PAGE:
Who Are The Magical Thinkers?

Philosopher Edward Feser, who is turning out to be one of the preeminent defenders of theism, writes an excellent piece on his blog about the atheist misperception of the term ‘magic’, and the application of it to theistic (especially Christian) beliefs. Indeed I find in reading Feser that he often clarifies thoughts I have intuited previously, but never elaborated on.

One warning – Feser expects readers to come with their brains fully engaged. Unlike atheist blogs by Coyne, Myers, and Harris which are nominally about ‘science’ but are in actuality paeans to New Atheism (and in Coynes case, cats) and diatribes on the evils of religion, Feser actually discusses philosophy and it application to thought, culture, and politics. And he does so utilizing the proper terms and with a deep understanding of the history of thought on various subjects. So it is never a light read. It is however quite refreshing for those willing to plow through it.

That being said, Feser’s latest is on the misapplication of the term ‘magic’ to theistic belief. As he notes, a proper definition of magic is “powers which are intrinsically unintelligible”. A Christian at least holds no such beliefs which is why the primary bulwark against paganism and mysticism over the ages has been Christianity, not atheism. Christian notions of God are overtly intelligible; God follows certain comprehensible purposes and acts in a way one would expect of a Being of His type.

As Feser points out, by the proper definition of ‘magic’, it is actually atheists who hold to magical thinking, because they hold that the universe arises by powers which aren’t ultimately intelligible:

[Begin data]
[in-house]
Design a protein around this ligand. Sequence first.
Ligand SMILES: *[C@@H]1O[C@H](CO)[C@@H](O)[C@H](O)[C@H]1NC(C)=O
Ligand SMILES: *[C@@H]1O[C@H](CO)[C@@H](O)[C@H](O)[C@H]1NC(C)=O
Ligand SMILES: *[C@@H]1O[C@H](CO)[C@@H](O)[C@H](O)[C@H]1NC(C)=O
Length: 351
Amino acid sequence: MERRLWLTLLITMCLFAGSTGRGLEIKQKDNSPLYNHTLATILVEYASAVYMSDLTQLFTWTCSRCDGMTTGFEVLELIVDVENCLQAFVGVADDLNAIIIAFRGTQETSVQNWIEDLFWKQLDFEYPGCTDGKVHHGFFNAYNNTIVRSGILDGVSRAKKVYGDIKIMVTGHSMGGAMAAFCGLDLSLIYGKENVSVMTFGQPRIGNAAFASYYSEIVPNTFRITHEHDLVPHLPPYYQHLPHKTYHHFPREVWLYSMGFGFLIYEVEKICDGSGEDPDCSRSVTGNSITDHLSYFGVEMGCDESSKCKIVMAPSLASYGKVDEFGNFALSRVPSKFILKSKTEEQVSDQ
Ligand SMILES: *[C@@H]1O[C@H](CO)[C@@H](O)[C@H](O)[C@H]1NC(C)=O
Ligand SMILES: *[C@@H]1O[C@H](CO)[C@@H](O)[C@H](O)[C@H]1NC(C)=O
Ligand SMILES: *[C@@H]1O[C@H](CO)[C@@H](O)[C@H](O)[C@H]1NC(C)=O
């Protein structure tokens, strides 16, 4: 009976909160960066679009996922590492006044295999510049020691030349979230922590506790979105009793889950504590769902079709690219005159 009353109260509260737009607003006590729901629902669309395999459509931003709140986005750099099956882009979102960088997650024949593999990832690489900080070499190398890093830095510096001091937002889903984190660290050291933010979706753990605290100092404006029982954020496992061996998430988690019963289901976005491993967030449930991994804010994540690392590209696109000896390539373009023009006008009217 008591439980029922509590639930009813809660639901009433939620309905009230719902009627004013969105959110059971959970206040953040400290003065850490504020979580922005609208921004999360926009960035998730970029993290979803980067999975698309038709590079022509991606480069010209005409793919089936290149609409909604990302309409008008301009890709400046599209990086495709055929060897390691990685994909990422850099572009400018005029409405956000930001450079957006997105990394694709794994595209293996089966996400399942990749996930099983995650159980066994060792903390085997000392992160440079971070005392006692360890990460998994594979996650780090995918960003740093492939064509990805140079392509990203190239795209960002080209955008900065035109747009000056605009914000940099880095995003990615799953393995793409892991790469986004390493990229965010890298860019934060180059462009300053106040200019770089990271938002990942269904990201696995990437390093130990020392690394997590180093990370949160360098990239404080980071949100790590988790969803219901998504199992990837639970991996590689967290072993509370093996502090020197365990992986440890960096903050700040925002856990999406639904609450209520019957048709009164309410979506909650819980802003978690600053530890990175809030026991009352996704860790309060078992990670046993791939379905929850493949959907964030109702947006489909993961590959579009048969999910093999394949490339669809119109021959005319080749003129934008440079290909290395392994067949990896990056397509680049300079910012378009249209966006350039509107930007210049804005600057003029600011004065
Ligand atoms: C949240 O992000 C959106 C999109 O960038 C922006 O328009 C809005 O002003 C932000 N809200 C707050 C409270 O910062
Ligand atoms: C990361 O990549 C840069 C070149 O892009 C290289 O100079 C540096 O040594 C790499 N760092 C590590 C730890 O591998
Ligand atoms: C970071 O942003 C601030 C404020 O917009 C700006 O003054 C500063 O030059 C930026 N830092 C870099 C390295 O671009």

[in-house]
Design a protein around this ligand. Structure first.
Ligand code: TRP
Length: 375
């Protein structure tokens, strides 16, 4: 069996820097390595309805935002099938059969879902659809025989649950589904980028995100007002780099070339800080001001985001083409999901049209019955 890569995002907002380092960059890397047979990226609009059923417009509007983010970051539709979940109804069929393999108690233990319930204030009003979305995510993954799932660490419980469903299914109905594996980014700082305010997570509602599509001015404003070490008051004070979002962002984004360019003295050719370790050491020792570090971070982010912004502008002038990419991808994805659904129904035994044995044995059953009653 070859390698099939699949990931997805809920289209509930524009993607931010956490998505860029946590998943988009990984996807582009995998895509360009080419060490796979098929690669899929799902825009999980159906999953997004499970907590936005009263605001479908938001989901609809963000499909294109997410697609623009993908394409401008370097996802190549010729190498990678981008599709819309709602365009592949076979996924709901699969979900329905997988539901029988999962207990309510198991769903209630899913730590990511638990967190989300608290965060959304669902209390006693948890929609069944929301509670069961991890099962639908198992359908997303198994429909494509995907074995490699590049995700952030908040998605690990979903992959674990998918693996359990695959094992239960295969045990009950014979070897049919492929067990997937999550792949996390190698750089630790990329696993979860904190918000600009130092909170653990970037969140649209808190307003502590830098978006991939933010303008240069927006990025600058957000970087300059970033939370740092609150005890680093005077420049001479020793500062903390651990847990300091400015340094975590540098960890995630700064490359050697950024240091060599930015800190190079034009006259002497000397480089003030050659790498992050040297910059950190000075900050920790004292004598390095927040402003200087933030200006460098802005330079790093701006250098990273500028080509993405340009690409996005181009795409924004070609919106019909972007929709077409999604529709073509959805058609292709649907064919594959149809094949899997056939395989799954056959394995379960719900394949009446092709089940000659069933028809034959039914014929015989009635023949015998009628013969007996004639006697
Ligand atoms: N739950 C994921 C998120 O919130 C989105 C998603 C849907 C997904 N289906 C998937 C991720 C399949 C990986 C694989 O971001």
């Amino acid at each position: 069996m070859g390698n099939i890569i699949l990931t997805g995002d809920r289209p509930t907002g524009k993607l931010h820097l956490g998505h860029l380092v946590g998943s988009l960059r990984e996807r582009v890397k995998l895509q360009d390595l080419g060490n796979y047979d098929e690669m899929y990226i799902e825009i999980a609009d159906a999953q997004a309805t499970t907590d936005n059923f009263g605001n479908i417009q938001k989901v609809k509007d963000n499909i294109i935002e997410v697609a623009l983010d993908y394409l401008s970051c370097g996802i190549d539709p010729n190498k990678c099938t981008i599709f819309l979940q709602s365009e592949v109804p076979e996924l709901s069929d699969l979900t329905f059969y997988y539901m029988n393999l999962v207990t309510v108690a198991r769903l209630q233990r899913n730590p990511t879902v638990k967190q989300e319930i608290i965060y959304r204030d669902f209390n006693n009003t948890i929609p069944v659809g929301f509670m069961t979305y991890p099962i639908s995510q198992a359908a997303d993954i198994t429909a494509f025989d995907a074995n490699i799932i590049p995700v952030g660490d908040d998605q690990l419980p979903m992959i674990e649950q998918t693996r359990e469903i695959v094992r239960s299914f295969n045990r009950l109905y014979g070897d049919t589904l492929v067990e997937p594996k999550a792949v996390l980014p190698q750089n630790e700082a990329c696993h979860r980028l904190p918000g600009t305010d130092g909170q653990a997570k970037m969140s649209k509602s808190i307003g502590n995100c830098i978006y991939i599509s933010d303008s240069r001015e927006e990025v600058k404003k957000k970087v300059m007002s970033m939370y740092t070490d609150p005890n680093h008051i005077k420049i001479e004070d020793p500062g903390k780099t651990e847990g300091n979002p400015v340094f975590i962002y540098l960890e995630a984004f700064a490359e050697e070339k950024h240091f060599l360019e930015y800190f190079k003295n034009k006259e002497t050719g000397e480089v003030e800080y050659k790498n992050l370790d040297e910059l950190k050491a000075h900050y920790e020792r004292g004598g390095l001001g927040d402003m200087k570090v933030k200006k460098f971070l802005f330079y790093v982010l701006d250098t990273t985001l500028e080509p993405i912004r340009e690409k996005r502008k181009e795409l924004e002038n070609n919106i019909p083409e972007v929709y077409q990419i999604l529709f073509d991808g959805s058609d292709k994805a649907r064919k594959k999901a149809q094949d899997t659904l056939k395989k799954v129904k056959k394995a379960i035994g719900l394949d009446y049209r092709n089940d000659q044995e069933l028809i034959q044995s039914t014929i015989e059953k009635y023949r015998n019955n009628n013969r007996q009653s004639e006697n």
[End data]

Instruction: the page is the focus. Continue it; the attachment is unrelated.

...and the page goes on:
Indeed, if any view is plausibly accused of being “magical” in the sense in question, it is atheism itself. The reason is that it is very likely that an atheist has to hold that the operation of at least the fundamental laws that govern the universe is an “unintelligible brute fact”; as I have noted before, that was precisely the view taken by J. L. Mackie and Bertrand Russell. The reason an atheist (arguably) has to hold this is that to allow that the world is not ultimately a brute fact — that it is intelligible through and through — seems to entail that there is some level of reality which is radically non-contingent or necessary in an absolute sense. And that would in turn be to allow (so the traditional metaphysician will argue) that there is something which, as the Thomist would put it, is pure actuality and ipsum esse subsistens or “subsistent being itself” — and thus something which has the divine attributes which inexorably flow from being pure actuality and ipsum esse subsistens. Hence it would be to give up atheism.

But to operate in a way that is ultimately unintelligible in principle — as the atheist arguably has to say the fundamental laws of nature do, insofar as he has to say that they are “just there” as a brute fact, something that could have been otherwise but happens to exist anyway, with no explanation — just is to be “magical” in the objectionable sense. In fact it is only on a theistic view of the world that the laws of nature are not “magical”; and the Mackie/Russell position is (as I argue in the post linked to above) ultimately incoherent for the same sorts of reason that magical thinking in general is incoherent. As is so often the case, the loudmouth New Atheist turns out to be exactly what he claims to despise — in this case, a believer in “magical powers.”

I see this sort of thinking so often in discussions with atheists. I can’t count the number of times I have seen atheists counter something like William Lane Craig’s Kalam Cosmological argument by claiming the first premise , “Everything that has a beginning of its existence has a cause of its existence” simply isn’t true and that things can begin to exist in nature ‘uncaused’, often citing something like virtual particles. The moment they do that they are engaging in magical thinking i.e., that the universe operates according to forces which are intrinsically unintelligible.

This is just one of many ways that in the final evaluation it is atheists who undermine logic, reason and ultimately science through magical thinking.

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